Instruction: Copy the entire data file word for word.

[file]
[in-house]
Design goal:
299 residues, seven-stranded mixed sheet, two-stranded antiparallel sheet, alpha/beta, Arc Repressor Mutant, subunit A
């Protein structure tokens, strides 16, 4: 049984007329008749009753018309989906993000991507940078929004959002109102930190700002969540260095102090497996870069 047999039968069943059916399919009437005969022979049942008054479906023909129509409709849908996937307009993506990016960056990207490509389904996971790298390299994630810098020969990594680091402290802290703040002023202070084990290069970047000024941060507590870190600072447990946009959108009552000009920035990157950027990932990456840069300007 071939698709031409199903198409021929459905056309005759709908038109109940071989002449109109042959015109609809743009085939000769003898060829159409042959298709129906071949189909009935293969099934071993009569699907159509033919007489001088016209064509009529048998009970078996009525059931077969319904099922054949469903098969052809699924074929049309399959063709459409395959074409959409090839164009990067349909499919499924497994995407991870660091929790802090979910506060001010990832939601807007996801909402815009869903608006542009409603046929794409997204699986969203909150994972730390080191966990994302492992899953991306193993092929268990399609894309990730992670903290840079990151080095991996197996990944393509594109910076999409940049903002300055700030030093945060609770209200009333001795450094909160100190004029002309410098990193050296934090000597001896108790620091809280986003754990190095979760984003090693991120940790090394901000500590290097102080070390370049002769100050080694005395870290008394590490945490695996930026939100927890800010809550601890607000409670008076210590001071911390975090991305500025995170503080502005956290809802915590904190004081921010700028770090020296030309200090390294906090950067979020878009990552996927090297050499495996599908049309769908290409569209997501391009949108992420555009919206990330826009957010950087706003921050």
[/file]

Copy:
[in-house]
Design goal:
299 residues, seven-stranded mixed sheet, two-stranded antiparallel sheet, alpha/beta, Arc Repressor Mutant, subunit A
């Protein structure tokens, strides 16, 4: 049984007329008749009753018309989906993000991507940078929004959002109102930190700002969540260095102090497996870069 047999039968069943059916399919009437005969022979049942008054479906023909129509409709849908996937307009993506990016960056990207490509389904996971790298390299994630810098020969990594680091402290802290703040002023202070084990290069970047000024941060507590870190600072447990946009959108009552000009920035990157950027990932990456840069300007 071939698709031409199903198409021929459905056309005759709908038109109940071989002449109109042959015109609809743009085939000769003898060829159409042959298709129906071949189909009935293969099934071993009569699907159509033919007489001088016209064509009529048998009970078996009525059931077969319904099922054949469903098969052809699924074929049309399959063709459409395959074409959409090839164009990067349909499919499924497994995407991870660091929790802090979910506060001010990832939601807007996801909402815009869903608006542009409603046929794409997204699986969203909150994972730390080191966990994302492992899953991306193993092929268990399609894309990730992670903290840079990151080095991996197996990944393509594109910076999409940049903002300055700030030093945060609770209200009333001795450094909160100190004029002309410098990193050296934090000597001896108790620091809280986003754990190095979760984003090693991120940790090394901000500590290097102080070390370049002769100050080694005395870290008394590490945490695996930026939100927890800010809550601890607000409670008076210590001071911390975090991305500025995170503080502005956290809802915590904190004081921010700028770090020296030309200090390294906090950067979020878009990552996927090297050499495996599908049309769908290409569209997501391009949108992420555009919206990330826009957010950087706003921050």